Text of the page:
While outsiders may view an autistic person passions as narrow obsessions, the truth is that many of us use our special interests to understand the world. Be it trains or Barbies, coins or vampires, our brains often utilize these interests to process sensory and social input. After all, metaphorically speaking, people are a lot like trains or coins or vampires. In a confusing society, these interests serve us in both refuge & reflection.
I’m breaking down the DSM-5 ASD assessment, so autistic people can prepare for an evaluation with a fuller knowledge of how to explain their personal traits to a practitioner. The DSM-5 is not the only autism assessment, but its emphasized traits are present in other tools. We’ll take a look at each criterion, its traits, and daily examples of the traits. (I’m not a licensed professional. DSM-5 info is at CDC.gov.)
• DSM-5 B looks at restricted, repetitive patterns of behavior, interests, or activities. B.3 focuses on: “Highly restricted, fixated interests that are abnormal in intensity or focus.”
• ASD traits under DSM-5 B.3 include: Strong attachment to or preoccupation with unusual objects, excessively circumscribed or perseverative interests.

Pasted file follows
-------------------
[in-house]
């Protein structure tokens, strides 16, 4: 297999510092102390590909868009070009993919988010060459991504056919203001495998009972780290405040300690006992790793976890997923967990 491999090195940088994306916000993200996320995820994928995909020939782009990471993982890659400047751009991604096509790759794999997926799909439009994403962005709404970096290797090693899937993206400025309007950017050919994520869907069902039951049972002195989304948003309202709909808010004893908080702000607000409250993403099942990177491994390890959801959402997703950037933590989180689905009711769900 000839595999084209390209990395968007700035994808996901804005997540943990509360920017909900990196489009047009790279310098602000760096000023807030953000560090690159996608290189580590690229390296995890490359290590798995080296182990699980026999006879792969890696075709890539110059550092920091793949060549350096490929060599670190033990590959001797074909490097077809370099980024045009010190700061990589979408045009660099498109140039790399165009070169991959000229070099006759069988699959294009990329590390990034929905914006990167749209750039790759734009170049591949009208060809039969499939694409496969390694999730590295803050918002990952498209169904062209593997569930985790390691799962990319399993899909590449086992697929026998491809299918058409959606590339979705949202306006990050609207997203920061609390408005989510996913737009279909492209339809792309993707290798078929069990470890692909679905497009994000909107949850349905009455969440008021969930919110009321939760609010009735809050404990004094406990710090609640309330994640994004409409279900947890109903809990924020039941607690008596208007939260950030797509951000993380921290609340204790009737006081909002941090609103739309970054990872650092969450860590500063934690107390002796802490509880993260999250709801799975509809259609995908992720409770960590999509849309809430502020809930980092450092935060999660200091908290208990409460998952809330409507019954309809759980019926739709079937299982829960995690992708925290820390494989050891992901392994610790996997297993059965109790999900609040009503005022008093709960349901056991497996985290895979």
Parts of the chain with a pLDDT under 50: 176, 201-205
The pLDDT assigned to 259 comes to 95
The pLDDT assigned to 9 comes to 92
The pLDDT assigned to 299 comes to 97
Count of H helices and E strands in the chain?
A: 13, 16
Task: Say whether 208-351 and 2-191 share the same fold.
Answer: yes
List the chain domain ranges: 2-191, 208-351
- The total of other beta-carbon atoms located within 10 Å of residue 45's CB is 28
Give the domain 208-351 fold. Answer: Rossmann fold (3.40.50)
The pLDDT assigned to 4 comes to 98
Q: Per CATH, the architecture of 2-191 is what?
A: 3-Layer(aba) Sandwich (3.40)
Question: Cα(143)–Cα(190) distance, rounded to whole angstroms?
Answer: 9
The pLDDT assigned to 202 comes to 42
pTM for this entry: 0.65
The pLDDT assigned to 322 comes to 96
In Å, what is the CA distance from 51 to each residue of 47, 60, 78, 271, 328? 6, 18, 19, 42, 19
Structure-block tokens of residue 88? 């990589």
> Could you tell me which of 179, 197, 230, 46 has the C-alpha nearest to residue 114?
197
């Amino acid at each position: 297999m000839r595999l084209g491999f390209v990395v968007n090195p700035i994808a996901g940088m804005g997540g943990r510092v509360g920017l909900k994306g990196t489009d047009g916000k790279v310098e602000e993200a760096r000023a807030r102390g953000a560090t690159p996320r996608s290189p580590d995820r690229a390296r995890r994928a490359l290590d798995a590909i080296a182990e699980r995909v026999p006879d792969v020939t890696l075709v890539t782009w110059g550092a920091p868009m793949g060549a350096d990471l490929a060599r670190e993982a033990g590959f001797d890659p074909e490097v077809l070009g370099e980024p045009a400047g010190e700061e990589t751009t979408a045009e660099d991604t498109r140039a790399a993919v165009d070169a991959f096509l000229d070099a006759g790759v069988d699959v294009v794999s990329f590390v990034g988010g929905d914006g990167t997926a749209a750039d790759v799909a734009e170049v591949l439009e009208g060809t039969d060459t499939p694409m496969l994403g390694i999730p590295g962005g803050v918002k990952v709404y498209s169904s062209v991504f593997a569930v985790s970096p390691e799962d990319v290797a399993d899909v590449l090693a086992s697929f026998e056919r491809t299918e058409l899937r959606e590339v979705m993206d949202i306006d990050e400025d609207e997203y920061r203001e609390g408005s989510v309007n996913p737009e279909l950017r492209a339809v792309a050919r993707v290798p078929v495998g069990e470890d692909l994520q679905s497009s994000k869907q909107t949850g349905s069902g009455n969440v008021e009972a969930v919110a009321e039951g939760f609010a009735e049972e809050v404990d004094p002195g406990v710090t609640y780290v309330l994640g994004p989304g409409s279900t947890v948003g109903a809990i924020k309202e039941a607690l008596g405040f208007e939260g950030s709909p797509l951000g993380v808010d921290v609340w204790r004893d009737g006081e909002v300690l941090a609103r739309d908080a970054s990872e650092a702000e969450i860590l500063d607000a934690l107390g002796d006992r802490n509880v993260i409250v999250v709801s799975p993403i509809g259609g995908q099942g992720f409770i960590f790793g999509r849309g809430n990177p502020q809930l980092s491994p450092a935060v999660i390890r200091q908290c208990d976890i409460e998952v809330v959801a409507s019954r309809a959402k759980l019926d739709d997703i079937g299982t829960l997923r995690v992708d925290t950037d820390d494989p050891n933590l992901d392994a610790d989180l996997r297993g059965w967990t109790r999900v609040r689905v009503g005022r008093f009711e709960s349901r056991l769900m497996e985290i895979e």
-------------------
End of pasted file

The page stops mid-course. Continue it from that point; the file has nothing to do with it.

• Examples: Using specific comfort items, such as blankets, stuffed animals, photographs, keychains, etc.; fervently speaking to or talking to others about comfort items; feeling love for comfort items in both childhood and adulthood; crying over and defending comfort items; building collections of comfort items; having an intense and long-term passion for a certain subject, such as an animal, music genre, certain celebrity, mode of transportation, etc.; consistently connecting to others through our passion, i.e. all conversations remind us of our passion; becoming hyper-fixated on “universes,” such as a Star Wars, Harry Potter, Pokémon, or Sailor Moon.
Remember: the DSM-5 C states that “symptoms must be present in the early developmental period.”